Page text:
Anyhow, despite the existence of native alcohols such as arak, there just isn’t a drinking culture among Indonesians generally.  People seem to fear it and have little understanding of it’s actual effects.  You will find a lot of people who think that a single drink will turn them into raving alcoholics.

Having said all of that, alcohol is readily available.  You will even find it sold by the case at supermarkets.  I don’t know who drinks it, I guess they do it on the sly.

Here’s someone who appreciates a good drink:

Nanna takes a sip

Superheroes Convert to Islam

July 19, 2010

Superhero Sholat

A number of the world’s superheroes, have converted to Islam. So far, Batman, Superman, Spiderman, Captain America, Daredevil, Wolverine, Cyclops, The Flash, The Thing, The Incredible Hulk and Robocop have been identified among the converts. The Indonesian superheroes Gundala, Gatotkaca and “Si Buta dari Gua Hantu” have joined the lineup.
This painting, found in a noodle shop / art gallery in Yogyakarta, Central Java, provides convincing evidence. Perhaps this initiative came while the group was taking R&R from their covert activities on behalf of the US Government in Afghanistan. Clearly tired and distressed from the effects of 9 years of everwar, they were open to conversion to the gentler form of Islam practiced in Java.
Proof that these events occurred in Java can be found in the architectural style of the mosque where they are praying and in the clothes which their imam is wearing. Some have said that the imam is Sunan Kalijaga himself, but this is impossible as he passed away in the 15th century, long before the technology for Robocop existed.
If you happen to like this style of painting, and would like a similar one made to your own specifications, leave a comment and we can arrange a quote.

Jakarta Street Food: School Meal

July 13, 2010

Outside every school there are always a few vendors serving hungry kids.  The one in this clip is selling omelettes made from watered-down egg, topped with cheap tomato sauce and sprinkled with beef flavouring.  Not the most nutritious meal, but the kids like it.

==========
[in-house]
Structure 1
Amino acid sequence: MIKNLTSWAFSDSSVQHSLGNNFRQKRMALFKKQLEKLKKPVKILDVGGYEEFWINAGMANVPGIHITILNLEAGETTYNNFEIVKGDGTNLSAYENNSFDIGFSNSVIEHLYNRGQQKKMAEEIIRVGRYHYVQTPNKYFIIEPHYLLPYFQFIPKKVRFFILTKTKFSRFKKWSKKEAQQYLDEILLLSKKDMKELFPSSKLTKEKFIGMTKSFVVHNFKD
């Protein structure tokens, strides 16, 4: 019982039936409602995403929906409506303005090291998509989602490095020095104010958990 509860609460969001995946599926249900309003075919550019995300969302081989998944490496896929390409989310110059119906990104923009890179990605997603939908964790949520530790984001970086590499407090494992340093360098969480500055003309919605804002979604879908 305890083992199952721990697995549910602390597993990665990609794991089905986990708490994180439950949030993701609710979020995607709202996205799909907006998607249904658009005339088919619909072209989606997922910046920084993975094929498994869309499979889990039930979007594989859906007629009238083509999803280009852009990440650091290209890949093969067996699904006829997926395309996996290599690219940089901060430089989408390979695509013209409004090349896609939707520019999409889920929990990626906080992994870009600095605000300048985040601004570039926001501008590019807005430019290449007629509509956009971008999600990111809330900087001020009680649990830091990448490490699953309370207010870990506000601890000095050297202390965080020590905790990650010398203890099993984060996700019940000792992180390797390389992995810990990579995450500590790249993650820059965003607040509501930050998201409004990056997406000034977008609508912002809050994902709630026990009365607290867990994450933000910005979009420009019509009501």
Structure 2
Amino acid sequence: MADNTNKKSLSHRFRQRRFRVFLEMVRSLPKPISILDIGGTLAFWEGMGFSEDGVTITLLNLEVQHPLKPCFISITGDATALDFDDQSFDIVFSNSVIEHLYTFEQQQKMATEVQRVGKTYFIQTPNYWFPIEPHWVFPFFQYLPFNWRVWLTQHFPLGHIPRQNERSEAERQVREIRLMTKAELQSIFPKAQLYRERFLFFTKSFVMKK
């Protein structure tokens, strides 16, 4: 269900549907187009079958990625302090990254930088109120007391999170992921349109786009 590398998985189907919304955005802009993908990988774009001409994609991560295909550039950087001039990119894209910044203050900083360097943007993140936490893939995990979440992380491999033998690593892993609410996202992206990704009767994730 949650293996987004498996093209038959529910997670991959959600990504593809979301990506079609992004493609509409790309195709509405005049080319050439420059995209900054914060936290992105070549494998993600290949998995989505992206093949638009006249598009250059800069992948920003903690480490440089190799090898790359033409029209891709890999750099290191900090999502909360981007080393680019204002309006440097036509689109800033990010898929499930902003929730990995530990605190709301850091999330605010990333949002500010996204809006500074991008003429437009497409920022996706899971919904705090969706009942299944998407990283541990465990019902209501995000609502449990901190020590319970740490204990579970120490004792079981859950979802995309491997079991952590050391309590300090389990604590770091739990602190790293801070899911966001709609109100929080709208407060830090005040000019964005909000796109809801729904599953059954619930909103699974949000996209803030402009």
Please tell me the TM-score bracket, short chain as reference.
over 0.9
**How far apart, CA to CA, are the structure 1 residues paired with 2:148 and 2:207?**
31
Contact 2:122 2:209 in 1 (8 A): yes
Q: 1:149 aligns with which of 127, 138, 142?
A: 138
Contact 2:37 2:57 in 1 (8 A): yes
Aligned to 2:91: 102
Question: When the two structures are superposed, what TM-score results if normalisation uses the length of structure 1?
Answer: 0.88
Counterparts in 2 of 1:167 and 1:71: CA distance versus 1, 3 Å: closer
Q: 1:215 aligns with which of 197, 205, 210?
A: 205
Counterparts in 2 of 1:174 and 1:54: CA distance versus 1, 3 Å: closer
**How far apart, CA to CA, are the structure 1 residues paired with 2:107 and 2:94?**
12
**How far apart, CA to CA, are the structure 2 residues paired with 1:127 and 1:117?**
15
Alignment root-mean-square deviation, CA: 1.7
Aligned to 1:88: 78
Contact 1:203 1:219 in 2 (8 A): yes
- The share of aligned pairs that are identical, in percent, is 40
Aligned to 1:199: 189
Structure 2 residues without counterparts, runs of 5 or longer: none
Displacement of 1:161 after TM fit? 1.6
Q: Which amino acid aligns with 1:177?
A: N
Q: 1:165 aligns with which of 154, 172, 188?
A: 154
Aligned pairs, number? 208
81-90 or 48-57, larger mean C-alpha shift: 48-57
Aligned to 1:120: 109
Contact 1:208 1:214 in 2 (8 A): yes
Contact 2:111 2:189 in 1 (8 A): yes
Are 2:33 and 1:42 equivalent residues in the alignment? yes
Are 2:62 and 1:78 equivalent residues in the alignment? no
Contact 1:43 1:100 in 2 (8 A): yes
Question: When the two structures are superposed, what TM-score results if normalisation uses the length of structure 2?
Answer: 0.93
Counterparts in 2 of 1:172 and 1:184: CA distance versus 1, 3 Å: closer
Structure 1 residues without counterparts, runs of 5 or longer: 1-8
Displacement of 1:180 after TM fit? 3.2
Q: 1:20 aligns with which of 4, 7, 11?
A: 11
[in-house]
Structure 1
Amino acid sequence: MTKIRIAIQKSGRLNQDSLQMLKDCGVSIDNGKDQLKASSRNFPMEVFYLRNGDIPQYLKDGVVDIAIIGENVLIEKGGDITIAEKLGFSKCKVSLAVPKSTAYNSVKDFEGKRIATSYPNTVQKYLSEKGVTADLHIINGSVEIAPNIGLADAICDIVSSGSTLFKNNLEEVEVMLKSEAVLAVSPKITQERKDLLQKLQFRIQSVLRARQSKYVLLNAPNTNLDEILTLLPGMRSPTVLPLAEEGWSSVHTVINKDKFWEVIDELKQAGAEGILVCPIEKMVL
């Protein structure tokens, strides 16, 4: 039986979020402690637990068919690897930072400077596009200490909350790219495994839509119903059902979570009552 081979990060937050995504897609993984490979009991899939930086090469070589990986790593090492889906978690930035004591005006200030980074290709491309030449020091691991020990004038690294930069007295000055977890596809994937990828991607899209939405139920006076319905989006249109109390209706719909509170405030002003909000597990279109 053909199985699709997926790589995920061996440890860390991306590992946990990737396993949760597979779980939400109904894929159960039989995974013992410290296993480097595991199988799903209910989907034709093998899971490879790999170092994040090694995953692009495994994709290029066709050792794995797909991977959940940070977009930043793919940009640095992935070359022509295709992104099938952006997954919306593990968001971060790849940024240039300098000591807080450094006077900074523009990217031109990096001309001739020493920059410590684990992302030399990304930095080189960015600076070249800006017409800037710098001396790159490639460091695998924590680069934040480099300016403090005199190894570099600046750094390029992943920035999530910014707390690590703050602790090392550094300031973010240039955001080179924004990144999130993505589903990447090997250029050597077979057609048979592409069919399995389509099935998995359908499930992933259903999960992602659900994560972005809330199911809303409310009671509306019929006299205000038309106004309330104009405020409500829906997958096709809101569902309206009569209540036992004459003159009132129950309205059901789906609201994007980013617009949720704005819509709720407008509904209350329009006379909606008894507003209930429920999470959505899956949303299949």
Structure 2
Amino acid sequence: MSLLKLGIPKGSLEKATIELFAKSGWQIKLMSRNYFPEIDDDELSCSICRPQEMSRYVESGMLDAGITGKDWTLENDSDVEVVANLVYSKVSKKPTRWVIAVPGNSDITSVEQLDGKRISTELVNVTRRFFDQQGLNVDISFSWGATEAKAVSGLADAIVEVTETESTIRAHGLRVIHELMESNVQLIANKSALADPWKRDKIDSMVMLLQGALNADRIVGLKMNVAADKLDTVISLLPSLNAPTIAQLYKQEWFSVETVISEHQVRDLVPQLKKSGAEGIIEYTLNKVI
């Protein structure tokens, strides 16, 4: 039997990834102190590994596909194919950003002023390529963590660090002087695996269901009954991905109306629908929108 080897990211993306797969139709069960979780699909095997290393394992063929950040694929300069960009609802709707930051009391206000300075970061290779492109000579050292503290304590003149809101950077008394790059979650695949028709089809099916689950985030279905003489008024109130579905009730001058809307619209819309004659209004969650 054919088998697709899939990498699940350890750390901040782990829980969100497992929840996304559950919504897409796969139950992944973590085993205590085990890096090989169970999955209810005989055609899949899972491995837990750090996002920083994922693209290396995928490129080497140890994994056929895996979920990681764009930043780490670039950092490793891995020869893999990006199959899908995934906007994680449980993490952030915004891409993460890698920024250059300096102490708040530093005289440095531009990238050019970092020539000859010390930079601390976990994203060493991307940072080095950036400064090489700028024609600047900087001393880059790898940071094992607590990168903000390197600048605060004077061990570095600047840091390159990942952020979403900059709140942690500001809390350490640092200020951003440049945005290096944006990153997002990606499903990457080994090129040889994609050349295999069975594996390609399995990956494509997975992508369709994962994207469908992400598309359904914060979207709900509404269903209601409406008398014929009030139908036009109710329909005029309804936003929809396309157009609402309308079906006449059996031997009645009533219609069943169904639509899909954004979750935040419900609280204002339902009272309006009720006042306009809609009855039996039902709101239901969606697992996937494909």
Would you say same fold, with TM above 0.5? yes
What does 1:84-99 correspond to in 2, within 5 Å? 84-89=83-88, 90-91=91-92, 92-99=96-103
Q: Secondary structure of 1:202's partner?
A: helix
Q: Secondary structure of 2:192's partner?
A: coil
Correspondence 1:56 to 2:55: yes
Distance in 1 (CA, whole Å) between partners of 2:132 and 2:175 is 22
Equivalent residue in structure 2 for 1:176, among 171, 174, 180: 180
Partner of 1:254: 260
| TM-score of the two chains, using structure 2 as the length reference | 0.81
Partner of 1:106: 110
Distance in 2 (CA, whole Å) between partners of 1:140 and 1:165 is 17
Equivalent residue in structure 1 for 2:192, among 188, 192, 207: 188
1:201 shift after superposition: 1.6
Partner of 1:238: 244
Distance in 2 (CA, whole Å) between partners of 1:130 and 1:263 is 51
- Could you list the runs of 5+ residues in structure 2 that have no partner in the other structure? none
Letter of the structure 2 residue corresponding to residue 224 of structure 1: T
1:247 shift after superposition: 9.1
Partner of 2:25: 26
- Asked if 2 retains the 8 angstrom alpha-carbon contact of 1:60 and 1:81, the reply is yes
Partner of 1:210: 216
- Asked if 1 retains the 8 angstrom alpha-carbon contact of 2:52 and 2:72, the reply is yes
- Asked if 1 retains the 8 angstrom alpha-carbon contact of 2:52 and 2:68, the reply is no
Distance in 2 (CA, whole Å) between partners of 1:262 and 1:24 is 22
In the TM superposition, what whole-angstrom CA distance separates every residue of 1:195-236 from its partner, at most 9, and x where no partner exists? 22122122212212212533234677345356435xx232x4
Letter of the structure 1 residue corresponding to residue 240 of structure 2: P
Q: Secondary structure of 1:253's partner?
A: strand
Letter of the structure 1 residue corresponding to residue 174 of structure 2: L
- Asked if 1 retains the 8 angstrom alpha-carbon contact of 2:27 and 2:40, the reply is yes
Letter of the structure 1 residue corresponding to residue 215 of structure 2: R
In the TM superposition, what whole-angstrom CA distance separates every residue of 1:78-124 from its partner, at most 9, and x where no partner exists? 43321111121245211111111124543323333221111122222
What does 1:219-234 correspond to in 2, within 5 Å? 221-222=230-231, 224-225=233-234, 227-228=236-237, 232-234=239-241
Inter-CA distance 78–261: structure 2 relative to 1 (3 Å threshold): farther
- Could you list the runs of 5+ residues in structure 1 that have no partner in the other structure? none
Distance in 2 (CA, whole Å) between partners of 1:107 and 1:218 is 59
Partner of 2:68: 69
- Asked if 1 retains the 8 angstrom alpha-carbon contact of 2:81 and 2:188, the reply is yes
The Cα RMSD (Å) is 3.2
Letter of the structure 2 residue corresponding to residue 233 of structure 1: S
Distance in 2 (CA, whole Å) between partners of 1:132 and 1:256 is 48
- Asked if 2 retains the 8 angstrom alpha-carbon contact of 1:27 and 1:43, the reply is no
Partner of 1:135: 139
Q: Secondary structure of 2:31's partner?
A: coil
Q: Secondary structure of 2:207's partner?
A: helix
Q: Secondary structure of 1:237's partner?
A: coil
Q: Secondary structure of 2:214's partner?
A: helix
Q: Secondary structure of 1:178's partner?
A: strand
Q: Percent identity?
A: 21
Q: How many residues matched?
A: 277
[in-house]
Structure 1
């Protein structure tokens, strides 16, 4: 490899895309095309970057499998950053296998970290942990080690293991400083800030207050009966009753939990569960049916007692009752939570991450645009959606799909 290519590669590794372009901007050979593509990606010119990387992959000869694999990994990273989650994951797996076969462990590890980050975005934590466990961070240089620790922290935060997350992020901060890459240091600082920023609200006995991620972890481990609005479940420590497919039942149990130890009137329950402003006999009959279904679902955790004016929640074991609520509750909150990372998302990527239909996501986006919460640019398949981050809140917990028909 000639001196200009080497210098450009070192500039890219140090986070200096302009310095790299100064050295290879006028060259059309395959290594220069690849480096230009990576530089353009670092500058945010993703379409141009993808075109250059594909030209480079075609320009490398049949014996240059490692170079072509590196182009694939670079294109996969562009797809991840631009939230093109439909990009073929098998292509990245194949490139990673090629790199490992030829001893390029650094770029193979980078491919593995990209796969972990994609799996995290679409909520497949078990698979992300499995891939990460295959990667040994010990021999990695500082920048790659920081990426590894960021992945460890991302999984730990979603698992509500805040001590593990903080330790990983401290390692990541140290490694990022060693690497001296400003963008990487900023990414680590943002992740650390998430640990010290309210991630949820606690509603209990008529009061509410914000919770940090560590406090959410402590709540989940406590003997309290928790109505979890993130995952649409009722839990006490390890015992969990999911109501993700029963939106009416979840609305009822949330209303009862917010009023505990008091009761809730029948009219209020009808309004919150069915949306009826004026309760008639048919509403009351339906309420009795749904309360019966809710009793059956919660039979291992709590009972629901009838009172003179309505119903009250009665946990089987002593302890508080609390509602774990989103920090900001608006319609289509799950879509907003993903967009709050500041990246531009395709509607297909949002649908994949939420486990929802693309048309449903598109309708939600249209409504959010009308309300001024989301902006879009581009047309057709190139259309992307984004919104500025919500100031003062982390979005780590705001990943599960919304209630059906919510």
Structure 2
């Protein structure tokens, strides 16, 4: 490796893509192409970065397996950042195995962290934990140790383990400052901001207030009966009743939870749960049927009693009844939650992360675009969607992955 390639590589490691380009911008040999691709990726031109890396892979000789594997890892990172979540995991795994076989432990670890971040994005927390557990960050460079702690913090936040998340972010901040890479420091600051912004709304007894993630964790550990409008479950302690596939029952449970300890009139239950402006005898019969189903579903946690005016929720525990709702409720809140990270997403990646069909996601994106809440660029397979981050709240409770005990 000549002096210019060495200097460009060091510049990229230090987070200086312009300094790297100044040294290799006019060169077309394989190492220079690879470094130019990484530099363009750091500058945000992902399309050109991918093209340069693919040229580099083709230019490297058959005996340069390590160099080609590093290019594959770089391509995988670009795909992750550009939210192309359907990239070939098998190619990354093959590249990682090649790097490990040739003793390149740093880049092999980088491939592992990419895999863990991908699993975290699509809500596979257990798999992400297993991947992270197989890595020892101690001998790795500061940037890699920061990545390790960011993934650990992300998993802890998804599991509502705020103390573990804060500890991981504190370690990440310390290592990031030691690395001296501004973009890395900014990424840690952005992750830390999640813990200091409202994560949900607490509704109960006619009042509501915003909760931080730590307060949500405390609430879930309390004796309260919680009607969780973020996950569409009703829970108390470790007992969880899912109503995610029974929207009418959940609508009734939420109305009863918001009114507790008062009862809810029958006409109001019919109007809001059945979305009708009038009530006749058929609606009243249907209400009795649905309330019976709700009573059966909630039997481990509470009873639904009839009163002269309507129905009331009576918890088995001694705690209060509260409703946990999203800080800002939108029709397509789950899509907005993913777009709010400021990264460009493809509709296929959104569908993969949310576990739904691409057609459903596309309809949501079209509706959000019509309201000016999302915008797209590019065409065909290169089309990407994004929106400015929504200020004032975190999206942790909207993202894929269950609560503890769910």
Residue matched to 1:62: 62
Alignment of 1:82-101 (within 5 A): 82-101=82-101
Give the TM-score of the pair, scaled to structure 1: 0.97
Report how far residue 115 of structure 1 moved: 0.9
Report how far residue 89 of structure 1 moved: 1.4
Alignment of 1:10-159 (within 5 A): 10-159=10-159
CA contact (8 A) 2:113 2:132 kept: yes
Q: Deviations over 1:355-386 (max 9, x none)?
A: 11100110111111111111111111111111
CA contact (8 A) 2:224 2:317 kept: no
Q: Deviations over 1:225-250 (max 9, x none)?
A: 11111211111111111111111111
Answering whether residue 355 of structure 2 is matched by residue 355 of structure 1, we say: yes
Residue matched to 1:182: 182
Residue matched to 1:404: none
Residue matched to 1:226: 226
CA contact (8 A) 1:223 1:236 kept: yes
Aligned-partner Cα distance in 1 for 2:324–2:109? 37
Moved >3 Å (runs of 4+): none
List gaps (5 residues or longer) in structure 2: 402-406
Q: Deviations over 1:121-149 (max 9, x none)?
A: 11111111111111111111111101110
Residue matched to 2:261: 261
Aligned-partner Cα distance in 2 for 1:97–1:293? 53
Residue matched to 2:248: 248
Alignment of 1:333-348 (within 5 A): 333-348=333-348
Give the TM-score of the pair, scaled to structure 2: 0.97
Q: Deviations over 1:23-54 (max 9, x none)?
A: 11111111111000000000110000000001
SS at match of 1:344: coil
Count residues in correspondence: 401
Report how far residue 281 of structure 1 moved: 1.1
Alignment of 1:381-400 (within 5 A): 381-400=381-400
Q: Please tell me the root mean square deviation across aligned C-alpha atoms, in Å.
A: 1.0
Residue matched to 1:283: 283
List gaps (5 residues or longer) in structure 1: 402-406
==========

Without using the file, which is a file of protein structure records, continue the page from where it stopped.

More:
Considering the price, it’s probably outside a government school.  Private schools normally attract hamburger or bakso vendors and prices are more like 5,000rp.  Even so, the burgers are dreadful.

Some schools have their own canteens, but the food they serve isn’t much better, it’s usually white rice with something deep fried.  Well, that was my experience about 8 years ago.  I guess the object of the canteen was to provide an alternative to going out onto the street for a snack, since some parents are concerned about their child being kidnapped (a crime which hasn’t yet become popular among Indonesia’s underworld).

Updates on Recent Stories

July 11, 2010

For those who follow this blog but don’t keep a close eye on Indonesian news, I thought now would be a good time to update you on developments concerning some of the more popular stories. 

Starting with the most recent:

Mental illness

In my second story concerning the practice of pasung, or chaining of the mentally ill, I found a clip which told about a local doctor, Suryani, who is working on this problem in Bali, applying modern medical techniques and showing miraculous results.   The sad thing was that the local government had cut funding to this project, putting a question mark over its continuation and bringing those patients who could not afford to pay for the medication the fear that they will return to their psychotic state.

I have since heard a rumour that the reason the funding was withdrawn was political jealousy.  Dr Suryani comes from an influential Balinese family and her detractors say she is conducting her work under her own name and not giving the government the credit for its funding.  They also imply that because she is seriously rich, she should pay for the treatment from her own pocket!